As you may have noticed, here at Art Scatter we’ve been stressing out lately about the way we look. We were feeling – frumpy. We wanted something fresh, something new, and came up with three possible visual themes to replace Artsemerging, the theme we’ve been using since the blog began two years ago.
We asked for your advice, and a lot of you gave it. Thanks to Scatter friends and followers Charles Deemer, LaValle Linn, Charles Noble, Brett Campbell, Cynthia Kirk, Mighty Toy Cannon and others for chipping in with preferences and ideas. Each of the three candidates had its fans, and each had its detractors. I appreciate the energy that all of you put into this. And I appreciate that more than one of you noted that design isn’t why you visit Art Scatter, anyway: You come for the writing and the ideas. Special thanks to LaValle for her warning that Web designs can devour your time and sanity in the middle of the night if you let yourself get too deeply drawn into them: Perish that thought!
Still, we want the writing and ideas to be displayed well. The decision wasn’t easy. At least one of you listed the eventual choice as his least favorite.
And the winner is – Modern, designed by Ulf Pettersson, the design you’re looking at now.
It’s a clean, well-spaced, elegant design, a very professional-looking presentation, and that’s important. Its headlines are understated but big enough to stand out, and they look good running either one or two lines. Its serif type style moves serenely among bold, italic and roman type, making its point at each stop without leaping for your jugular. The type’s a little small in its pull quotes, but they still look good. The design handles splendidly such small but crucial matters as spacing and creating ample windows for inset illustrations: Nothing’s haphazard about it.
Is it too understated? We’ll see. If it turns out to be, we’ll switch again. Charles Noble touts the advantages of the premium design he chose for his blog Noble Viola, and it’s true that paying a little more can add a great deal more flexibility. I like the way that Charles’s blog can highlight several posts at once, for instance, and the way it can add “extras” such as promotional highlights and recent comments and still look crisp and inviting.
I’ve spent a lot of time inside these three designs, checking them out not just for looks but also for flexibility. When we began this journey I was drawn to the jazzy, stop-the-presses look of Copyblogger. (Mighty Toy Cannon points out its nice retro feel and homage to “legacy media,” meaning newspapers, the world from which both Mr. and Mrs. Scatter emerged). But although I liked its side panel perhaps the best of the lot, it had internal difficulties that made it hard to choose, including, but not limited to, poor spacing for its illustration windows, allowing type to bump right into the pictures.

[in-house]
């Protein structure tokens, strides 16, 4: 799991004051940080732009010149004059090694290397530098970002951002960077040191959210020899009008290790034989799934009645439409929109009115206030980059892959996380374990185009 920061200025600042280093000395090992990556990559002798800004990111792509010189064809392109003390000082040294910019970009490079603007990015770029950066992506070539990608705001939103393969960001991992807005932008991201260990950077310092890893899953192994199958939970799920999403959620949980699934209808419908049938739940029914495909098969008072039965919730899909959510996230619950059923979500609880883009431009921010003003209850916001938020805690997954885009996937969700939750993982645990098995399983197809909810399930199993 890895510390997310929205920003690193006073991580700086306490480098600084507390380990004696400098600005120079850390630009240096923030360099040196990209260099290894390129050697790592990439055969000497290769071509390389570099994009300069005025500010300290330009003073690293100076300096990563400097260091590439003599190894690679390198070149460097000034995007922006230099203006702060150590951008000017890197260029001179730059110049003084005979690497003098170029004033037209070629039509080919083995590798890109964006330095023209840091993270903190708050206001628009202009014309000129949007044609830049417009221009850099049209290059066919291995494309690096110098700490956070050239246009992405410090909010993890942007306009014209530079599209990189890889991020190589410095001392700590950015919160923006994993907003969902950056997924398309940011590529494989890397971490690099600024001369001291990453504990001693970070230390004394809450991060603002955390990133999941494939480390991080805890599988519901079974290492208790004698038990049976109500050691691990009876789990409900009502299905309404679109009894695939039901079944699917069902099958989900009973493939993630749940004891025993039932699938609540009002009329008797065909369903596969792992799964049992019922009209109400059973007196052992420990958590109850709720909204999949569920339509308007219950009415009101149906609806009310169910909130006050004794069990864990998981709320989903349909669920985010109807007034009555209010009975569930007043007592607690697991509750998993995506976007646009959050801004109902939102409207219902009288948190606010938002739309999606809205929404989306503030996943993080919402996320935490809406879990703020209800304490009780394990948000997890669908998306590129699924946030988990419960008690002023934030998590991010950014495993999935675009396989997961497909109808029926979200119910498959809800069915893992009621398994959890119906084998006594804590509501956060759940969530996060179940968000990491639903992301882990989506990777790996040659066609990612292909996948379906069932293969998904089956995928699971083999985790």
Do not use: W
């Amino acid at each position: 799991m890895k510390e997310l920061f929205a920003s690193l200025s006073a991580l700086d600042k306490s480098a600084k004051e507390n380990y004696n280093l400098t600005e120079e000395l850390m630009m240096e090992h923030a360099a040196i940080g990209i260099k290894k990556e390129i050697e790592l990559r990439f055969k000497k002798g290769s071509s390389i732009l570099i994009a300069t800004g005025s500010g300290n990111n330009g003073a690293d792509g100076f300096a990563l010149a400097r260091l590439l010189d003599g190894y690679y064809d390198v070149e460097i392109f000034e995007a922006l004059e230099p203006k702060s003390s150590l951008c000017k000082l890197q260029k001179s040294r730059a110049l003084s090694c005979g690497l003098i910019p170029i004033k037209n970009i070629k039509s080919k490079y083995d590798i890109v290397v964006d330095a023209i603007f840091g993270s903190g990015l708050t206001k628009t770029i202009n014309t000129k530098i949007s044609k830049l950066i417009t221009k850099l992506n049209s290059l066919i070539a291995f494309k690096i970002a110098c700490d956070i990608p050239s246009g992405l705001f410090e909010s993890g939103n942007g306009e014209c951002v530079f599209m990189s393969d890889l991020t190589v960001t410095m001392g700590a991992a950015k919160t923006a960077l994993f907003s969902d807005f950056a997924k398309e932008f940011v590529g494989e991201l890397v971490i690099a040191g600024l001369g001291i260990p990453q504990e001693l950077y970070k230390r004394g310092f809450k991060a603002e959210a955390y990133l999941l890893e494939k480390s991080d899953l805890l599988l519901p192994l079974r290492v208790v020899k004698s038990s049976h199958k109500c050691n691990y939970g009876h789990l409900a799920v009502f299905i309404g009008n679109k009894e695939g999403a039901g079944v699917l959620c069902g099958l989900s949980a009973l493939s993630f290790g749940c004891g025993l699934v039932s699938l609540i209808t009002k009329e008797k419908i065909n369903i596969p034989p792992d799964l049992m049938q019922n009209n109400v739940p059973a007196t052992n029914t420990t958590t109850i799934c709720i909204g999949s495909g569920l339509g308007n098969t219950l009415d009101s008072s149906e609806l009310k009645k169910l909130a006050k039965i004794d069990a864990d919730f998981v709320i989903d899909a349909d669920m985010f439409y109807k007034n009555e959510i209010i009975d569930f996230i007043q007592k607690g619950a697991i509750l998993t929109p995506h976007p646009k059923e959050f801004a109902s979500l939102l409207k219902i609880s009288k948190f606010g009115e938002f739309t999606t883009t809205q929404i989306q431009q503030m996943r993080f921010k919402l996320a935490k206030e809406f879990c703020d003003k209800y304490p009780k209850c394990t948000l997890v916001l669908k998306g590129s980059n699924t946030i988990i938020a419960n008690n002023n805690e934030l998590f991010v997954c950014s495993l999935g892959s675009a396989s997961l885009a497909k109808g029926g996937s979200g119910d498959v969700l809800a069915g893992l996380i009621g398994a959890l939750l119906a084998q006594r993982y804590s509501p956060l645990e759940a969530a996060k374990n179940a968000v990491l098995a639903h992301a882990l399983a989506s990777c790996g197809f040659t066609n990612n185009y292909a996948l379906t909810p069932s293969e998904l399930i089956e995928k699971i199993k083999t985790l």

In general I prefer serif types to sans serif types, although a good sans serif beats a bad serif. Veryplaintext 3.0 has my favorite typeface of any candidate, a distinctive and gorgeously assertive face. But it doesn’t like italic very much (what you see isn’t always what you get), and I consider italic type an integral tool in my presentational box. The real deal-buster, though, was its ragged, center-adjusted side panel, which to my eye (and LaValle’s, too!) looks haphazard and uncontained and, well, unprofessional. Too bad.
So that brings us back to Modern, which has an elegant look and seems the best compromise. Unfortunately, Mrs. Scatter hates it, and I understand her reasons. The blog title is small and pushed far to the right, and that bothers her. I’d prefer its type a little bigger, but its placement doesn’t bother me. She hates all gray boxes – that’s one of the reasons we defected from Artsemerging, which has a prominent gray screen – and Modern’s side panel is shaded gray. Plus, the panel’s wide, eating up a lot of space that could go instead to the relatively narrow main column. Like Mrs. Scatter, I’d like the side panel to include links to recent posts and possibly recent comments, and in general to be more flexible. Perhaps I can play around with it a bit and get some of those things to happen.
I deeply, sincerely hope this design grows on Mrs. Scatter – believe me, I deeply and sincerely hope this! – and I hope the design doesn’t prove to be too sedate. I’m convinced that it’s a stylish, visually pleasing design. Time will tell if it’s right for Art Scatter. For now, at least, it’s won the day.